If he's moved, the A's will most likely land better prospects than they should for him, so I hope that Brian Sabean resists any urge to trade for him.
Hunter Pence - OF - Houston Astros
Hunter Pence is quickly turning into the sexy name on the trade market, and I find it to be more and more interesting all the time. Pence is hitting .316/.361/.484/.845 with 11 HR and 61 RBI.
He's 28 years old, is team controlled through 2013 and is a difference maker in any lineup.
Why would the Astros trade such a talented, young, controllable player? They very well may not, but the team is being sold and word around the league is that the new ownership has asked that payroll be brought as close to $60 million as possible.
To accomplish that, the outgoing ownership will have to shave about 17 million dollars off the current payroll and Pence is the fourth highest paid player on the team behind Wandy Rodriguez, Brett Myers and Carlos Lee.
The team could get to that magic number by simply offloading Lee and his $19 million annual salary, but I can't believe that there is a team out there that will take him on under any circumstance.
His numbers are not bad, but his contract is less than desirable.
They are shopping Rodriguez and Myers, but if they can't offload them, and they get a reasonable offer for Pence, I could see them moving him as unpopular as it would be.
Pence is making $6.9 million this year and should get a significant bump in arbitration this offseason.
This is certainly one situation that Sabean is keeping an eye on. As attractive a player as Beltran is, Pence makes so much more sense.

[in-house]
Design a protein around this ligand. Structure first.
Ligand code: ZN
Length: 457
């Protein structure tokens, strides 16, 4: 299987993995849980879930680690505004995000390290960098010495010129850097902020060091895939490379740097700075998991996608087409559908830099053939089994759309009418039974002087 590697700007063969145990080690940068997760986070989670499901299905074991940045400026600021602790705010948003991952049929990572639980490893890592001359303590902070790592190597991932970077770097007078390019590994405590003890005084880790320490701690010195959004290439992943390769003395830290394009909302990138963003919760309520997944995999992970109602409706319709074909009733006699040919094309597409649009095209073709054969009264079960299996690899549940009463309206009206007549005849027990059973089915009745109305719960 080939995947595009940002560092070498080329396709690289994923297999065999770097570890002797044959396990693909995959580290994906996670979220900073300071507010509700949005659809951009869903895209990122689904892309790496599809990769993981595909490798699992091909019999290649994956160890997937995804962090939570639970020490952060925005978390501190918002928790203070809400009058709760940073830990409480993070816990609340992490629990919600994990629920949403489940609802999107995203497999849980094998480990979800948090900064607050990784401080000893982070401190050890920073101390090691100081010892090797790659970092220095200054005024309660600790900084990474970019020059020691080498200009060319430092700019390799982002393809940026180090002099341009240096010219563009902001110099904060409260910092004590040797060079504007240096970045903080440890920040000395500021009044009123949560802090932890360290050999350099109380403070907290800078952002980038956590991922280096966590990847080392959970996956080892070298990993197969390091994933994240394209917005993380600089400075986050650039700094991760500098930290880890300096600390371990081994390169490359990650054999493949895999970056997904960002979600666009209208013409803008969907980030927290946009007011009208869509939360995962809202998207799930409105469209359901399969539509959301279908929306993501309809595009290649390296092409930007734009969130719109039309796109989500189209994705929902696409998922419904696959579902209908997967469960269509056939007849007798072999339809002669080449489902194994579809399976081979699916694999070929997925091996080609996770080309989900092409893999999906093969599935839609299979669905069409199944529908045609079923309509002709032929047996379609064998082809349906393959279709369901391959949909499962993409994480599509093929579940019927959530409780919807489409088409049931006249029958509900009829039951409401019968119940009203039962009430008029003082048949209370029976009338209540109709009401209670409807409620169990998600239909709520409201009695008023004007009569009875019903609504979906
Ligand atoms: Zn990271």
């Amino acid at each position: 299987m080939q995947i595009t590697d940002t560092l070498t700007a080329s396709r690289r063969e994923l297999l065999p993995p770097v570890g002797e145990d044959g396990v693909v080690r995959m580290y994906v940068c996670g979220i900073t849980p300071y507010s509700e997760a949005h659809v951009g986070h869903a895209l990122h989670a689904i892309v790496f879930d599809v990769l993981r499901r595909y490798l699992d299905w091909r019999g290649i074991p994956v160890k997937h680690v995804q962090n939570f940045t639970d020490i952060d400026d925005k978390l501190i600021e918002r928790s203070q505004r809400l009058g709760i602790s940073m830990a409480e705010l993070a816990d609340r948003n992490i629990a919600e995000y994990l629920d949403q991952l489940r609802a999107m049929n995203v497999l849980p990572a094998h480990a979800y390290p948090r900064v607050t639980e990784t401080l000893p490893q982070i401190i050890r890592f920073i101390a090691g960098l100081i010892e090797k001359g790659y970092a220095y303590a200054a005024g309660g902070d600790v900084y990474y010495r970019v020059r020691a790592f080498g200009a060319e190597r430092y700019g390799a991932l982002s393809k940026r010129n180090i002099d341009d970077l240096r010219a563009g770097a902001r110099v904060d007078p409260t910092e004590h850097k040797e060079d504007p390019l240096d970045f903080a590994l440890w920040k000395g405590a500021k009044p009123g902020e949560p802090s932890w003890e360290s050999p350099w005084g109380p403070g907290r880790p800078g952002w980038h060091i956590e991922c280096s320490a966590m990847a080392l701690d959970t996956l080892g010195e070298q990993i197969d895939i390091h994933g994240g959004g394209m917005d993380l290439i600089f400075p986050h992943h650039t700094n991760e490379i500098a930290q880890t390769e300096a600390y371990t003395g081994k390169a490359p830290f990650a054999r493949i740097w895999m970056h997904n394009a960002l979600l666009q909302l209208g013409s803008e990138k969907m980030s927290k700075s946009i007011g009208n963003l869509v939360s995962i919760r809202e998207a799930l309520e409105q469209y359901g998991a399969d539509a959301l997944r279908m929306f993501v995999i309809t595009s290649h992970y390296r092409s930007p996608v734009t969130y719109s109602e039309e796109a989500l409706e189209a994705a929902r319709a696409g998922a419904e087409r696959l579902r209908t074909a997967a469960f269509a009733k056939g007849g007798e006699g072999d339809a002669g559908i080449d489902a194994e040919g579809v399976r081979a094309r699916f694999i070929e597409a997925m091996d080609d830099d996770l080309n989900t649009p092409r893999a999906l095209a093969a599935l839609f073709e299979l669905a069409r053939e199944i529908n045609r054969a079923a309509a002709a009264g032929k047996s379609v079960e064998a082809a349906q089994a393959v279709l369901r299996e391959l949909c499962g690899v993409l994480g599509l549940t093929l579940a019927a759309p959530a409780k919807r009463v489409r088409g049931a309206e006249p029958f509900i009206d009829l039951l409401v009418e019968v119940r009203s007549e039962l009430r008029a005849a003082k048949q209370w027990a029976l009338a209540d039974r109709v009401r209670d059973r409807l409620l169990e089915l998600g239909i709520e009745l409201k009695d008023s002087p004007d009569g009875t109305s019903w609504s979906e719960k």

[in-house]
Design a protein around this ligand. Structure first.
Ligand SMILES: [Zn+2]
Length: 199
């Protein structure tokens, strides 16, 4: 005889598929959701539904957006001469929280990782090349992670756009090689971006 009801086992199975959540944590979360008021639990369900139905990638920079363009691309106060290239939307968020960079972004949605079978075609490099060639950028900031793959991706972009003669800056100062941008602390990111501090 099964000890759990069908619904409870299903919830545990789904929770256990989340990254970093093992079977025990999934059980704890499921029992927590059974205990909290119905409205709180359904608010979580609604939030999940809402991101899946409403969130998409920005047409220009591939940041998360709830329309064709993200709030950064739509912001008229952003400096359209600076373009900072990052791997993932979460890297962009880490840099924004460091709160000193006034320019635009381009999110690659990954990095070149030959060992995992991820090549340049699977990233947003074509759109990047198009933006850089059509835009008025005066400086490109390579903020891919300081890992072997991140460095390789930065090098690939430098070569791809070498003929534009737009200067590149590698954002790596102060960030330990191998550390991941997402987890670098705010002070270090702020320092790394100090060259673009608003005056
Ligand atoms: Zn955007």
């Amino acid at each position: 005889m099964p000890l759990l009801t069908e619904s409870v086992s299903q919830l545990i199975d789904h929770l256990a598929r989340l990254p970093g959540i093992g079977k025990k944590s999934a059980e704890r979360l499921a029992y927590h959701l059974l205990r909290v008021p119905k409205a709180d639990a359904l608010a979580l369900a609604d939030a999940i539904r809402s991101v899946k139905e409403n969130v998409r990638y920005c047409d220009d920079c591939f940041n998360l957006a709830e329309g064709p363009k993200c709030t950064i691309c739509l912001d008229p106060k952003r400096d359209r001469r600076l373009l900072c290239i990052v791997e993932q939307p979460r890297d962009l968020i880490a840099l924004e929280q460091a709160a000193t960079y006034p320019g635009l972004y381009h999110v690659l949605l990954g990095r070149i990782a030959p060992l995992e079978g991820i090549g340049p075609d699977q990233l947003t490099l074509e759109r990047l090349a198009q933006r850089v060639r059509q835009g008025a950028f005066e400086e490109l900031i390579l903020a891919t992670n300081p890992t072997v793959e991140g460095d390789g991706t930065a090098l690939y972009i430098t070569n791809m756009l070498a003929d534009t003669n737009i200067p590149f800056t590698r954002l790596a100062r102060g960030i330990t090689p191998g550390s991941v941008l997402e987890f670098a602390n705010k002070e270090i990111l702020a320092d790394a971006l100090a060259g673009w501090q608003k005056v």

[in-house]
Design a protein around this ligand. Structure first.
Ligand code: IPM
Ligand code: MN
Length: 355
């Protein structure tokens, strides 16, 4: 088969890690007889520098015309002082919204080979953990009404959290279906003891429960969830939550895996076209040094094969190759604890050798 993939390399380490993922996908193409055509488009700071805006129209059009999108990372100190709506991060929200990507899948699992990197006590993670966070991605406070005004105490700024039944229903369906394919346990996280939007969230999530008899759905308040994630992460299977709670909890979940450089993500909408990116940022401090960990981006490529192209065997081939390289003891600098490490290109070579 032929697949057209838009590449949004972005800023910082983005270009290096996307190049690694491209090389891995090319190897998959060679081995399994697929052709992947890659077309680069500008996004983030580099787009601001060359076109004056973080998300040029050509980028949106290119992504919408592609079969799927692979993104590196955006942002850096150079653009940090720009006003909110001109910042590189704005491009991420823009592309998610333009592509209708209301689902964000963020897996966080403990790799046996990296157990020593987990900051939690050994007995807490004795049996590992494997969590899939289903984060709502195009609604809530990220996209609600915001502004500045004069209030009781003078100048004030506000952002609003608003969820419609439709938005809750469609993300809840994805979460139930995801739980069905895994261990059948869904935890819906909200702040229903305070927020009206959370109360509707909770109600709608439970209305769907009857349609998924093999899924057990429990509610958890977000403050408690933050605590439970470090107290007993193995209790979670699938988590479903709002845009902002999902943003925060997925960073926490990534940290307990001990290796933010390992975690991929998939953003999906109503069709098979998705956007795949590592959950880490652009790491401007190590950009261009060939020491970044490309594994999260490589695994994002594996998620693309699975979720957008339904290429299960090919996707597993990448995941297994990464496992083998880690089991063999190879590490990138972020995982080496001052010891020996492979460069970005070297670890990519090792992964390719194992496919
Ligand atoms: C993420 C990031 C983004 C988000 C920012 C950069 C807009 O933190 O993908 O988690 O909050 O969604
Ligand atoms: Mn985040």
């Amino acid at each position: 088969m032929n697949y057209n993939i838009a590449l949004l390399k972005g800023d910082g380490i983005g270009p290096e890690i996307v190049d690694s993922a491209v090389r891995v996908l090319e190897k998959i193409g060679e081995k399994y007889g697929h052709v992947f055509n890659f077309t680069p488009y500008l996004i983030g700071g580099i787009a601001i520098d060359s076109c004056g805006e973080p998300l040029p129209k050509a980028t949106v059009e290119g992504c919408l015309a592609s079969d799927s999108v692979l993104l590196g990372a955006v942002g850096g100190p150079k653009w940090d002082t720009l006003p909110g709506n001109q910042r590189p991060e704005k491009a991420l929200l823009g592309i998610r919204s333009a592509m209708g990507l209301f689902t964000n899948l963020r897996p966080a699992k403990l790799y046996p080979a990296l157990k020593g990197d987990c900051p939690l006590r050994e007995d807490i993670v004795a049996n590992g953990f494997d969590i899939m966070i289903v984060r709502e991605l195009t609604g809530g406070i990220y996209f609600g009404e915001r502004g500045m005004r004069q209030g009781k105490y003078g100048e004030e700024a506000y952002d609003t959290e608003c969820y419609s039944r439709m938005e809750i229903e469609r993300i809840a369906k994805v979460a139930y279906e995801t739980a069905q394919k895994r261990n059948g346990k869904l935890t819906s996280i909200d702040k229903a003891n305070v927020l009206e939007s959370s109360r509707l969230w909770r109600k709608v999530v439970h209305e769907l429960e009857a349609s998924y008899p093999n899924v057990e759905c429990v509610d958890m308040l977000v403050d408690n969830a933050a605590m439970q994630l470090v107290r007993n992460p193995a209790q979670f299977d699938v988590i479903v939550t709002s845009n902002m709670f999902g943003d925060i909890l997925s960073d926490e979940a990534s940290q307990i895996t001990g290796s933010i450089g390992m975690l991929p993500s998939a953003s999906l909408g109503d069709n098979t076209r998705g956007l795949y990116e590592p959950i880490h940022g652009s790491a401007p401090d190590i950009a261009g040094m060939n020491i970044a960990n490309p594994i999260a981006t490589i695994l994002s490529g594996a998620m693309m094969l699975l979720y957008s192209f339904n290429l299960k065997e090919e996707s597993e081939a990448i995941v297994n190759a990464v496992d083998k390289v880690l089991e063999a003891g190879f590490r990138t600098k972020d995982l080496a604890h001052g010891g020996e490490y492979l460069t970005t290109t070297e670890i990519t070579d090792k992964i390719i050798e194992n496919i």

His talent, track record and contract status must have Sabean drooling and giving up two top prospects, plus for Pence would not be unreasonable. If Pence is available and I'm Sabean, I make it happen.
B.J. Upton OF Tampa Bay Rays
Lately there has been speculation in the media that the Rays would move Upton if the price was right.
This year he is hitting .234/.316/.407/.722 with 11 HR and 52 RBI . He's only 26 years old and can't be a free agent until after the 2012 season. His numbers are OK, but he has the potential to be a truly dynamic baseball player.
With his speed and tools he really should be hitting better than his batting average and his on-base percentage indicate.
I don't know what it would take for the Rays to consider trading him, but from the way it sounds, they are not in any rush to move him. That generally means that they will need to be overwhelmed in order to trade him, and Brian Sabean should steer clear of that trap.
There are certainly many more players available as the deadline approaches, Aramis Ramirez, Michael Cuddyer, Melky Cabrera and Ryan Ludwick are all names that have at one time or another been linked to the Giants.
I chose to highlight the four that I did because of their fit with the Giants overall team vision.
I really do believe that Sabean will move top prospects in the right scenario and will not make a move just to make a move.
The next 10 days will be very interesting.